Asma Hanif

Picture of Giraffe Asma Hanif

It was 2001, and ASMA HANIF was broke. She came across an abandoned apartment building in a run-down section of Baltimore, climbed to the top floor, found an empty room, and moved in. Ayear later, she had earned a nursing license and landed a job, then founded Healthy Solutions, a clinic serving indigent people.

Soon, Hanif realized that many of the people who came to her clinic were not only poor but also women, immigrants, homeless, Muslim, and victims of abuse: “They have nowhere to go. Society doesn’t want them. Their family doesn’t want them, and the man who beat them doesn’t want them.”

So Hanif gathered donations, purchased a house, and turned it into Muslimat Al-Nisaa, a shelter for Muslim women—the only one in the US. Hanif lives in the shelter with over 50 women and pays for everything with her nursing-job income and her fundraising.

She gets calls from everywhere not, she’ll tell you, because she has any official standing. “They call me because I answer the phone.” It seems that no one else does.

Her empathy for the people she’s helping takes a toll on her emotional health: “I hear their voices in my head, crying,” she says. “It wears on my soul. I used to be a happy-go-lucky person, but now I carry a lot of sorrow.”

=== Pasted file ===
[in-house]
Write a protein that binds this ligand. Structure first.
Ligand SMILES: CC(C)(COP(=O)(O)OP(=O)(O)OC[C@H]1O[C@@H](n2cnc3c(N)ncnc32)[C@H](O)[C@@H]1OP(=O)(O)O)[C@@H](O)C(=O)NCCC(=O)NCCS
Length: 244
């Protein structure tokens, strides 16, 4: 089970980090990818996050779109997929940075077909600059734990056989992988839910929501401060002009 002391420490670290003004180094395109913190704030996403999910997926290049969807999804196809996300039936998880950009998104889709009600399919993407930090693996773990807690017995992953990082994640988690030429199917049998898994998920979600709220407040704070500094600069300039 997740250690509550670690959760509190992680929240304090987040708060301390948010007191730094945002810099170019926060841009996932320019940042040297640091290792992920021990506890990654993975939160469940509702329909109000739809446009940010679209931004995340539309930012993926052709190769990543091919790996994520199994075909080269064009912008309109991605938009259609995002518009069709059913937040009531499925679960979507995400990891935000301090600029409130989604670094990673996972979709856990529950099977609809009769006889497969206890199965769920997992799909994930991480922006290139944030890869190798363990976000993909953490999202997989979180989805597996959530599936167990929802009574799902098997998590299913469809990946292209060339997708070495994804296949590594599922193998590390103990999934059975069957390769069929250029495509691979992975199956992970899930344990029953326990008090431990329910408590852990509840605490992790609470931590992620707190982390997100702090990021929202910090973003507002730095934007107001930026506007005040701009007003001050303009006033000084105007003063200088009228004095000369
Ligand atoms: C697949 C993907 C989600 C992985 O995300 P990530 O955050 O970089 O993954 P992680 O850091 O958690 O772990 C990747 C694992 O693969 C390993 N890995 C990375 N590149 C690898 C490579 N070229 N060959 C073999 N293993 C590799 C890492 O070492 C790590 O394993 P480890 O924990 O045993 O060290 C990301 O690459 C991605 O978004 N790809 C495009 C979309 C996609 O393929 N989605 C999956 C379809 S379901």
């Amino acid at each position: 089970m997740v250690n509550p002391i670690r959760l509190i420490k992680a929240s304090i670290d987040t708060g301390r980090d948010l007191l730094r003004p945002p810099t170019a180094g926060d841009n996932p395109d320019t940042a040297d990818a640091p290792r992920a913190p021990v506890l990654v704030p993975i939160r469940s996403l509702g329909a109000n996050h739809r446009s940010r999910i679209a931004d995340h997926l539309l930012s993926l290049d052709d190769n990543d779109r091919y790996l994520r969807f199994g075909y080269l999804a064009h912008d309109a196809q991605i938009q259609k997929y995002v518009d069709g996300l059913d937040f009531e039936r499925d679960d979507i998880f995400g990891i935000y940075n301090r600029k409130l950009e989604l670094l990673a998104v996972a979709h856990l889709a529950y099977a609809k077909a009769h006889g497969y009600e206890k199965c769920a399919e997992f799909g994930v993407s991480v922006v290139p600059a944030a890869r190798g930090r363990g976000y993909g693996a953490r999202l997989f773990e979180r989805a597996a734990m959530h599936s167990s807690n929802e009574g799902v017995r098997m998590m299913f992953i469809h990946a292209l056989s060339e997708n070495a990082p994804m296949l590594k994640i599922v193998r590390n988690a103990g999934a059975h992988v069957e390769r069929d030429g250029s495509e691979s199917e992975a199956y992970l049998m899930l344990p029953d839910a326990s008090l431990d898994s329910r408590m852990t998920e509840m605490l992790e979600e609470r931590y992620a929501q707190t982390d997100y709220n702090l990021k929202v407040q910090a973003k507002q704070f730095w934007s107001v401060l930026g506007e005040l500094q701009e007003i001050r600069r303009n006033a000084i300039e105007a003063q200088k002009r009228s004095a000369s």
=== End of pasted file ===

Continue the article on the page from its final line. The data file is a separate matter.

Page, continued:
Hanif is emphatic that, “Domestic violence is criminal, it’s not religious. It has nothing to do with Islam. We say this Muslim man beat this Muslim woman. No! This abusive man beat this woman.”

Her clinic, which is not exclusive to Muslims, provides free medical examinations, screening and education about cancer and sexually transmitted diseases, family planning, vision and hearing testing, classes for at-risk youths, and care for female victims of domestic violence and sex trafficking.

Over the decades, Hanif has enlisted volunteers and raised money relentlessly so she could expand her services to include outreach programs, distributions of food and clothing, physicals for women who lack insurance and, most recently, caring for families who have been affected by the coronavirus epidemic. She’s even driven around the city giving out face masks to the homeless.

Her organization’s website has been sabotaged, and the abusers of the women she protects are a constant concern for her and all the women at the shelter. Nevertheless, she persists.

“In this life,” she says, “if you remove random acts of kindness from society, all you have left is selfish, uncaring individuals, and who wants to live in that world? I want to make a difference in the lives of others.”